Symposium “Embodying Reformation” (organised by Birgit Emich, Iryna Klymenko, and Alexandra Walsham)






Bad Homburg, Forschungskolleg Humanwissenschaften

The symposium aims to trace the role of the body during the religious upheavals of the European Reformation. As well as investigating the Protestant and Catholic bodily discourses and practices of particular regional constellations, it also seeks to open up cross-confessional and cross-religious perspectives on how the Reformation(s) and Counter-Reformation(s) led to particular corporeal norms and habits. It explores how this played out in a range of religious contexts, and the contribution that this made to the erection–and blurring–of religious boundaries and to the process of identity formation. The symposium aims to foreground the methodological challenges entailed in studying the pious body in early modern history and to build upon the insights of existing work in the field. By bringing together scholars from across Europe and North America to examine these themes comparatively, it hopes to initiate new conversations and foster fresh research.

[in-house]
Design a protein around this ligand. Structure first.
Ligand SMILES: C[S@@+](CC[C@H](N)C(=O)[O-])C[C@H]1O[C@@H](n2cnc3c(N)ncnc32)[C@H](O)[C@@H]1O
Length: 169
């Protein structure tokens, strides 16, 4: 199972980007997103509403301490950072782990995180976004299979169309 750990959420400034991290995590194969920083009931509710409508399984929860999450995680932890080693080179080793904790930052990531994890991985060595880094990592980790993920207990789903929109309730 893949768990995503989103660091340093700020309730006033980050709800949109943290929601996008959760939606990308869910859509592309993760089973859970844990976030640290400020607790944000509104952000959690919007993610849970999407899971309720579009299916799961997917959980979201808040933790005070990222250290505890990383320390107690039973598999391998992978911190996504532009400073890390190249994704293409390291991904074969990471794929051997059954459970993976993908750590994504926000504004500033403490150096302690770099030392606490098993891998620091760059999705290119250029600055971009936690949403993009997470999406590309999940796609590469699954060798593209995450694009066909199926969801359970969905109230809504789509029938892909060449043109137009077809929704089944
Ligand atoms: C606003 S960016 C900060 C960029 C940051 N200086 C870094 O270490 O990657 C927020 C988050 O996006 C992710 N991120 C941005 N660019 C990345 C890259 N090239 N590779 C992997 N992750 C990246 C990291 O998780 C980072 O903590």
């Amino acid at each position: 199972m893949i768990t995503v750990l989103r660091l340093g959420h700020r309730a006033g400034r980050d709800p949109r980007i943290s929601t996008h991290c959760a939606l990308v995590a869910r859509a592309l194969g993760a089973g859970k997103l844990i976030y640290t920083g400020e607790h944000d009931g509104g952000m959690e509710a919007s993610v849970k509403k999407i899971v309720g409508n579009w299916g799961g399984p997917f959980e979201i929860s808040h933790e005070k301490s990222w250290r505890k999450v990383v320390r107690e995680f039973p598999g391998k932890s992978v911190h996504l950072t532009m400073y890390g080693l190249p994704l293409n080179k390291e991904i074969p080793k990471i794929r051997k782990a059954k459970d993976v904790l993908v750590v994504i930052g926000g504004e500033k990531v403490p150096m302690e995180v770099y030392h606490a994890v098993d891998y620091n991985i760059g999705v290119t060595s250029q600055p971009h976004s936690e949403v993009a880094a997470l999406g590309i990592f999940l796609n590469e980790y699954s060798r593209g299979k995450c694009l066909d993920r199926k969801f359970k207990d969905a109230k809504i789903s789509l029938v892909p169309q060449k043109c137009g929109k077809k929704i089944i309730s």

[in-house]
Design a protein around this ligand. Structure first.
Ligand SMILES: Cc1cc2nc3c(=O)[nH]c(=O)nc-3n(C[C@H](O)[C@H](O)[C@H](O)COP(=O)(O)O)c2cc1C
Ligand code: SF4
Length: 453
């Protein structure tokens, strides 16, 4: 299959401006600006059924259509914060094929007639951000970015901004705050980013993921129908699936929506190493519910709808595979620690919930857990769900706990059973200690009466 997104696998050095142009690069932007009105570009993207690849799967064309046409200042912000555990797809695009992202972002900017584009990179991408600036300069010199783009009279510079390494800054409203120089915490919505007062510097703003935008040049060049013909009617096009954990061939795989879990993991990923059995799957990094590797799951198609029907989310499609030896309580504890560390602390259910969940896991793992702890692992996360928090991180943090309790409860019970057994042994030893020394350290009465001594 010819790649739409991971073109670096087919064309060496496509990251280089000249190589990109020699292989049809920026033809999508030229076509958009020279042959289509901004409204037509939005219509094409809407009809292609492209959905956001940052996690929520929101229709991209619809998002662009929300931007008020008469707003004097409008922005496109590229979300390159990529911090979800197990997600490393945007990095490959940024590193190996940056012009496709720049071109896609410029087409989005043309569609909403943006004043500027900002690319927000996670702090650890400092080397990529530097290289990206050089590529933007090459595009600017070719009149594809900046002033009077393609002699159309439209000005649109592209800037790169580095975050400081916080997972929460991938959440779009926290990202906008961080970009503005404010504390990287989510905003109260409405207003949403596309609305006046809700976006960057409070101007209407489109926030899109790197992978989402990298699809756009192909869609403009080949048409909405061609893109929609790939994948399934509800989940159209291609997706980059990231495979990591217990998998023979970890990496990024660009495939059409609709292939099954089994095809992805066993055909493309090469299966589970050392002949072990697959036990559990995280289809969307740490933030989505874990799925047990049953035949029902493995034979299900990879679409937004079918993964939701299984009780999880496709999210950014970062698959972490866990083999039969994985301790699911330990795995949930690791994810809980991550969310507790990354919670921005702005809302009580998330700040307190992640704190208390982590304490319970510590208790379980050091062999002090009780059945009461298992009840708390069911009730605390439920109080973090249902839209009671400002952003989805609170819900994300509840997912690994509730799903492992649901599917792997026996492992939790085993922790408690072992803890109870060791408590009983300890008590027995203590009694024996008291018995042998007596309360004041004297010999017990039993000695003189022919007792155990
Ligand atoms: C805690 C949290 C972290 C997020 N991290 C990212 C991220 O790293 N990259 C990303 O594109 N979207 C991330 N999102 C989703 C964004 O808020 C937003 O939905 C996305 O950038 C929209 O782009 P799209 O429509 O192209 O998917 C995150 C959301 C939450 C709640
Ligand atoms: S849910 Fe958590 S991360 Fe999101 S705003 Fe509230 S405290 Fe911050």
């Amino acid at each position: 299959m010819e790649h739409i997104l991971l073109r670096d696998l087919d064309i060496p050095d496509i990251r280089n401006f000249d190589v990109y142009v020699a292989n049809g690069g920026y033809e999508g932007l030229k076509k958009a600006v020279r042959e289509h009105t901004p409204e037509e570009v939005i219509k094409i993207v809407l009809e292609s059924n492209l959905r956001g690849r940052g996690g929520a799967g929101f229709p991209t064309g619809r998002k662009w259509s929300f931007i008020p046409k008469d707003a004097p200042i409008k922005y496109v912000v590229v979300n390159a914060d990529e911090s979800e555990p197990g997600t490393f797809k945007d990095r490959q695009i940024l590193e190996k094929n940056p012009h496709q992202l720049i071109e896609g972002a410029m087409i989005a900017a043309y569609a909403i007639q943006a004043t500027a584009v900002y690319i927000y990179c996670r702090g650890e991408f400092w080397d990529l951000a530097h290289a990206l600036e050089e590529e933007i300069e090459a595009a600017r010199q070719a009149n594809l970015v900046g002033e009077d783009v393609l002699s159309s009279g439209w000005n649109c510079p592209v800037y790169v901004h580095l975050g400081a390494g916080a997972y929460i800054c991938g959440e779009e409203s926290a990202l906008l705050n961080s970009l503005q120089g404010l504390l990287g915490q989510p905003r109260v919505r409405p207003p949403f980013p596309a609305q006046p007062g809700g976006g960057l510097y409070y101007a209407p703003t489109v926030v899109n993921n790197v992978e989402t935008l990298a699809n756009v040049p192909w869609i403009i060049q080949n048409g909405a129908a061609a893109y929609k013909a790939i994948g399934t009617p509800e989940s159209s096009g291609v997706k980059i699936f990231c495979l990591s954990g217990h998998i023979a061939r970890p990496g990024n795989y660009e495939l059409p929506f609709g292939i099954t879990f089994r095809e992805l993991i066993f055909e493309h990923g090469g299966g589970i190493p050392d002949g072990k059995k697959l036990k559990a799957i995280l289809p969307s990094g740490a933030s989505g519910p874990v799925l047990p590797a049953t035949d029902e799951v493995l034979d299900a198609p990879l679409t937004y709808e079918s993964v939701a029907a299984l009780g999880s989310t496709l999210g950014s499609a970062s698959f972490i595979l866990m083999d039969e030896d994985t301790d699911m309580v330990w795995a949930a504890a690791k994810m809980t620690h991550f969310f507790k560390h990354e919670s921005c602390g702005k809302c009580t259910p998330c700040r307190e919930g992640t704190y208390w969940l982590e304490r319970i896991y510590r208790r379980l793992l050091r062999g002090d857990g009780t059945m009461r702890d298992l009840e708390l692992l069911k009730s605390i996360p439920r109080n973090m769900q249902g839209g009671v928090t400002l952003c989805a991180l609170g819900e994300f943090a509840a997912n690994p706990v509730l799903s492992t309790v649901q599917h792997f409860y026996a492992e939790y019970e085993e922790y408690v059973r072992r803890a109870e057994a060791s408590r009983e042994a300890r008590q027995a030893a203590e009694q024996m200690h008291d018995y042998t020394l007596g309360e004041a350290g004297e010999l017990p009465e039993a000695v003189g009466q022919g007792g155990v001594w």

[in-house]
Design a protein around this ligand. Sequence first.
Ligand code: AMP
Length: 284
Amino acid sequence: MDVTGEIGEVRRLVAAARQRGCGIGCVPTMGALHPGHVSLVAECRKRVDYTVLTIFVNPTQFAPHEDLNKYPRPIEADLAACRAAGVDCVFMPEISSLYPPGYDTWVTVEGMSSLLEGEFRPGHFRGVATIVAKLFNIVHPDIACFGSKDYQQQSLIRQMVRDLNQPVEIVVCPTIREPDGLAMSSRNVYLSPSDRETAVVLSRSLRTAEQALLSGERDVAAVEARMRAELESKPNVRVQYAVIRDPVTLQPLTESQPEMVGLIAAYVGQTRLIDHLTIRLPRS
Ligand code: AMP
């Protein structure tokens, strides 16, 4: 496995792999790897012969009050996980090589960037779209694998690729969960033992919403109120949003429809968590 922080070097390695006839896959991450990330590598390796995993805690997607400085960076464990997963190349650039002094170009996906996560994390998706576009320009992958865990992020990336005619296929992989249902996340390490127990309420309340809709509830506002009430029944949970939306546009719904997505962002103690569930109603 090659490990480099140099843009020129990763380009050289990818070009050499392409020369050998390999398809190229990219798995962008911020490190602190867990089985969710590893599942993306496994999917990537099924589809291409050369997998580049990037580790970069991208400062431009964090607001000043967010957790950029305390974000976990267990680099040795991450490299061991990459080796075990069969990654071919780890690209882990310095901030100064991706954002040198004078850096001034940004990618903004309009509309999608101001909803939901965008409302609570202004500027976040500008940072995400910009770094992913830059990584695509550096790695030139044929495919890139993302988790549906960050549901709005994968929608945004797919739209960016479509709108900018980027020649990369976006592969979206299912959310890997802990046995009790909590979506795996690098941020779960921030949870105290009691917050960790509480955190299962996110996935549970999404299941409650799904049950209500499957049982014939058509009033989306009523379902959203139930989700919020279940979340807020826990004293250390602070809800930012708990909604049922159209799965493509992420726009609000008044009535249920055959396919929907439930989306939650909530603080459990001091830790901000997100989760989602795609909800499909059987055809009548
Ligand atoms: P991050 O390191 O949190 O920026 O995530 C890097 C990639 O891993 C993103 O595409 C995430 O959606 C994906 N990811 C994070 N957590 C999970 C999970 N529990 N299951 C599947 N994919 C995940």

A report of the conference is available on H-Soz-Kult (in German).

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